A possible reconstruction of the more than 2,000-year-old Antikythera Mechanism pictured. Letters - some just 1.2 millimeters (1/20 of an inch) tall - were engraved on the inside covers and visible front and back sections of the mechanism was encased in wood and operated with a hand-crank

A possible reconstruction of the more than 2,000-year-old Antikythera Mechanism pictured. Letters – some just 1.2 millimeters (1/20 of an inch) tall – were engraved on the inside covers and visible front and back sections of the mechanism was encased in wood and operated with a hand-crank

A fragment of the 2,100-year-old Antikythera Mechanism.  The team says the mechanism was a calendar of the sun and the moon that showed the phases of the moon, the position of the sun and the moon in the zodiac, the position of the planets, and predicted eclipses. Nothing of the sort was known to be made for over 1,000 years

A fragment of the 2,100-year-old Antikythera Mechanism. The team says the mechanism was a calendar of the sun and the moon that showed the phases of the moon, the position of the sun and the moon in the zodiac, the position of the planets, and predicted eclipses. Nothing of the sort was known to be made for over 1,000 years

It was not quite a manual, more like a long label you would get on a museum to describe a display, according to another team member, Professor Mike Edmunds, who is an emeritus professor of astrophysics at Cardiff University.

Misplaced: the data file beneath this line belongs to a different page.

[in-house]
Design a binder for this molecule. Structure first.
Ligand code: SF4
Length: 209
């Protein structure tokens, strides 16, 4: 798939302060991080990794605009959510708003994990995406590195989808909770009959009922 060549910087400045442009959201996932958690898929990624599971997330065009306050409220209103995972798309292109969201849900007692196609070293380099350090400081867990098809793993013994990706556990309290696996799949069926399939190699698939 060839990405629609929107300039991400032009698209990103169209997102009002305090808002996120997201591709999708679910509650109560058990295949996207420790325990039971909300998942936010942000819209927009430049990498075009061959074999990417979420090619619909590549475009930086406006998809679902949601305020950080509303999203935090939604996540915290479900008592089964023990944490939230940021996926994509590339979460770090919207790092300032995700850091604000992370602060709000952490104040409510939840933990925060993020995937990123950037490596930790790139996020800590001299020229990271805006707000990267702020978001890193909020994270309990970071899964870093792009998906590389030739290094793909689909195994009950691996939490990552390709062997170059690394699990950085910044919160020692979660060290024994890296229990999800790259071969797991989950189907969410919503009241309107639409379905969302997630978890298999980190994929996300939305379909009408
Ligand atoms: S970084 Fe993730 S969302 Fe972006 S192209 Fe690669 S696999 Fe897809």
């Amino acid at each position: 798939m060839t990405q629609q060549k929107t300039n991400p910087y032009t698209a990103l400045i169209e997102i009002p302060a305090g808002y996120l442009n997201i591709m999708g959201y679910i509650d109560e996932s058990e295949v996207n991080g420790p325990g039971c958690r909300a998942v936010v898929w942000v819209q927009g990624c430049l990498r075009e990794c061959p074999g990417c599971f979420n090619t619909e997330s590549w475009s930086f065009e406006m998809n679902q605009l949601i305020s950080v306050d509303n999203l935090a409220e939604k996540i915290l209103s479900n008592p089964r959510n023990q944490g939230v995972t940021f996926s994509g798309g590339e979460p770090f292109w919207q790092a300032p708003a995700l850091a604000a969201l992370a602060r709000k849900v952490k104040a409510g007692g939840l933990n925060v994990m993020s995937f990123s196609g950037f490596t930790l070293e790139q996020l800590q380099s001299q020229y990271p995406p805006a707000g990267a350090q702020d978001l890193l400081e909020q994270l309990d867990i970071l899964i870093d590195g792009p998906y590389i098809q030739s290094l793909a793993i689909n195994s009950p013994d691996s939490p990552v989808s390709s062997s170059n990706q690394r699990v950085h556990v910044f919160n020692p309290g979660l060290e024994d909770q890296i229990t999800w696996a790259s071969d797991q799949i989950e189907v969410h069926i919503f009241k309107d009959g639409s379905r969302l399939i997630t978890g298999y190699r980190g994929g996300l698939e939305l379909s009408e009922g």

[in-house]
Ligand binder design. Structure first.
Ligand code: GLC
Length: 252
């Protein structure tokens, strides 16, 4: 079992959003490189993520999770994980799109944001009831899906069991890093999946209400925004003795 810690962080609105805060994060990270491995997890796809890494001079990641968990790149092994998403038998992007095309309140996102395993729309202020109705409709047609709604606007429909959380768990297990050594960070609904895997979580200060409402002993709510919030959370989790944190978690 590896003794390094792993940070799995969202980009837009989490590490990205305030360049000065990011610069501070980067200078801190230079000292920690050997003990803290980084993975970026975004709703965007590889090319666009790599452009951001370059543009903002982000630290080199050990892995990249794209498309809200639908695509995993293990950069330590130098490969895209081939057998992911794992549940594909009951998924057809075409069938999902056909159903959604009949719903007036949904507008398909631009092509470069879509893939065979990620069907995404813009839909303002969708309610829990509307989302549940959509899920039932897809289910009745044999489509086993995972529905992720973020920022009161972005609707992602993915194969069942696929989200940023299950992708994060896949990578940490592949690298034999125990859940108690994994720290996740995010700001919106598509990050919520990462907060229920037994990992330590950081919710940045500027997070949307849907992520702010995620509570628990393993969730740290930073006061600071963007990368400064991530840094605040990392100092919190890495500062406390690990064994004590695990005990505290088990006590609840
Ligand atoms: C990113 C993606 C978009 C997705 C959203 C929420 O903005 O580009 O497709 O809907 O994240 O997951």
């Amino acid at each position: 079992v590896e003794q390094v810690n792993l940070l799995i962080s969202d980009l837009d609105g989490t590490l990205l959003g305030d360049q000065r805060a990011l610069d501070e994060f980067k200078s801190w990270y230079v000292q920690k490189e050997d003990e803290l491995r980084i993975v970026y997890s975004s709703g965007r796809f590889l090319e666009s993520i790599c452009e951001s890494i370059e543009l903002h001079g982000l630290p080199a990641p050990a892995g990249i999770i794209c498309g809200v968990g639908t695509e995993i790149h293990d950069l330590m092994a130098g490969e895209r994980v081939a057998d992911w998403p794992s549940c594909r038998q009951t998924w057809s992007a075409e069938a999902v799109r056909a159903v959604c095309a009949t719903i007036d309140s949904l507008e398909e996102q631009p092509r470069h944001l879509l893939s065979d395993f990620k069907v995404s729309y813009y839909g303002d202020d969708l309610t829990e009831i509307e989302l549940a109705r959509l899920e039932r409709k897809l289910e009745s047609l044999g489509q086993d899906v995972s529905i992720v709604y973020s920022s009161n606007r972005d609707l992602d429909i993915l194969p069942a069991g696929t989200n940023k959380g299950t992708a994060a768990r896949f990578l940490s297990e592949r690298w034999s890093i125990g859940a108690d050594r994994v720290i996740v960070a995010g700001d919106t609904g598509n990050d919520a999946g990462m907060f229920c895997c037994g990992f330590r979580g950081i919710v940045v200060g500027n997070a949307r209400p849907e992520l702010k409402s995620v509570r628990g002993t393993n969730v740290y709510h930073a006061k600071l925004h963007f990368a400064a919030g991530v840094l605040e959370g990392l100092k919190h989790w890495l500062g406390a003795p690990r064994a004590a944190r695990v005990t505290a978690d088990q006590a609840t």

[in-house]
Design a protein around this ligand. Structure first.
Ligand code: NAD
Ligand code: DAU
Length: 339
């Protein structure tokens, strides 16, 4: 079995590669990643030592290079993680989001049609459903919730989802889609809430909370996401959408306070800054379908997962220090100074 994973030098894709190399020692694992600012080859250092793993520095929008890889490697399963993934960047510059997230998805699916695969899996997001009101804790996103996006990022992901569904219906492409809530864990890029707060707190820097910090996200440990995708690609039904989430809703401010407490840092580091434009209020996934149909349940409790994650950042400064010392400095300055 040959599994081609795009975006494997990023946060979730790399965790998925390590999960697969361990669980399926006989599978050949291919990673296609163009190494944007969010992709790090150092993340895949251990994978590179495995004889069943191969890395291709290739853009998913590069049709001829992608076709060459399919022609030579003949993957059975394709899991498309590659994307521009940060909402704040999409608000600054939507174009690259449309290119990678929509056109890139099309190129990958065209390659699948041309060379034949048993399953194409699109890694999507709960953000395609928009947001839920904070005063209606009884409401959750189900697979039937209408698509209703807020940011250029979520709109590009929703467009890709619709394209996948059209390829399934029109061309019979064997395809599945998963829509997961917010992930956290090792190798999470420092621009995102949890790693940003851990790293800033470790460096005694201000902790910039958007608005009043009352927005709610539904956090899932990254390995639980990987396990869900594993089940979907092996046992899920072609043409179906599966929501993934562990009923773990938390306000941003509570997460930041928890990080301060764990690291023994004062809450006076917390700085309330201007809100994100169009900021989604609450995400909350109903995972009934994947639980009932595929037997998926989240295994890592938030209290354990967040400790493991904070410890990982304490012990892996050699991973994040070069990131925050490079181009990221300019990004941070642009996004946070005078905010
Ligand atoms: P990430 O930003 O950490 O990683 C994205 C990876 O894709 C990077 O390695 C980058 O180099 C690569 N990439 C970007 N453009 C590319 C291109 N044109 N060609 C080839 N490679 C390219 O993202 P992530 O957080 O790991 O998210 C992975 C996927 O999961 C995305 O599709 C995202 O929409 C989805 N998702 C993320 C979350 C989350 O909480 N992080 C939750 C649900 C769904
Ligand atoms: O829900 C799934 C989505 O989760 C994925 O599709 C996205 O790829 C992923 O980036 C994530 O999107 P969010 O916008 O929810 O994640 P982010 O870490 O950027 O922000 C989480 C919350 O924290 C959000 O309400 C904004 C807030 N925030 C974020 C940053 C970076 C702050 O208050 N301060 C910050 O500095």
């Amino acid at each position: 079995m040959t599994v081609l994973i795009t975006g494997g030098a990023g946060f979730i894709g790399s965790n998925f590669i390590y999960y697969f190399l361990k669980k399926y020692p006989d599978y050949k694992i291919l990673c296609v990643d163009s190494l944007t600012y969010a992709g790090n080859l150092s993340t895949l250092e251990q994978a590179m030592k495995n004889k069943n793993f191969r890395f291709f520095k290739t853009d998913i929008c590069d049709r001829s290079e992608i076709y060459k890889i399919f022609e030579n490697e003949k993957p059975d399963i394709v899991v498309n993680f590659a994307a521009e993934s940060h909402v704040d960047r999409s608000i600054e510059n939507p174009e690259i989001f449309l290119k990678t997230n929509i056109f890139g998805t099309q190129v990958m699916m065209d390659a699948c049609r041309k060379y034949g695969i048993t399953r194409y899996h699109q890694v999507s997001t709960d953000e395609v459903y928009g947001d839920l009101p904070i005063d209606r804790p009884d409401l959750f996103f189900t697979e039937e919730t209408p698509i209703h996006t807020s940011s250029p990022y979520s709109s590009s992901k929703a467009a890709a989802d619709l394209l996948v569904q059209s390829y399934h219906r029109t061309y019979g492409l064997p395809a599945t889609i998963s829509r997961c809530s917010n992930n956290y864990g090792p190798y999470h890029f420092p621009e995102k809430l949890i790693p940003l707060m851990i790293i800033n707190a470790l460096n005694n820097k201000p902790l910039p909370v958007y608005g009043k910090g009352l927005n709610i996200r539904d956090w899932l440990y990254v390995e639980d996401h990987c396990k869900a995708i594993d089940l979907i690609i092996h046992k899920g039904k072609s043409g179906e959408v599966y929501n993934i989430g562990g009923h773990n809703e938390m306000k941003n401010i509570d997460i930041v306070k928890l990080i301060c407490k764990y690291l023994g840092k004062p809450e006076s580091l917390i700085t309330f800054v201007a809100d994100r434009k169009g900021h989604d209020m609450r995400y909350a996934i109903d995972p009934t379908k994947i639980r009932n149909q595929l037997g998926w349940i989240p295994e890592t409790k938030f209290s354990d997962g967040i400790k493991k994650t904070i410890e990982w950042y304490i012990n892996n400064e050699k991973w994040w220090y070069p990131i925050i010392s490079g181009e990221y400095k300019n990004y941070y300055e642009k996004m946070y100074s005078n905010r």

‘It's not telling you how to use it, it says “what you see is such and such,” rather than “turn this knob and it shows you something”,' he said during a presentation of the team's findings in Athens.

The mechanism's fragments were raised in 1901 from a mid-1st century BC shipwreck, and at first seemed like a scruffy footnote to a magnificent body of finds that included bronze and marble statues, luxury glassware and ceramics.

But the sediment-encrusted, compacted lumps soon attracted scientific attention, and were studied by successive teams over the next decades.

While hypotheses were made as to the functioning of the gears and the use of the machine, it was for long impossible to read more than a few hundred characters of the texts buried on the inside of a multi-layered mechanism a bit like a big clock.`

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  1. Why not?? We are so arrogant to think we are the only life forms in the universe and that we have the world by the tail and have all of the answers…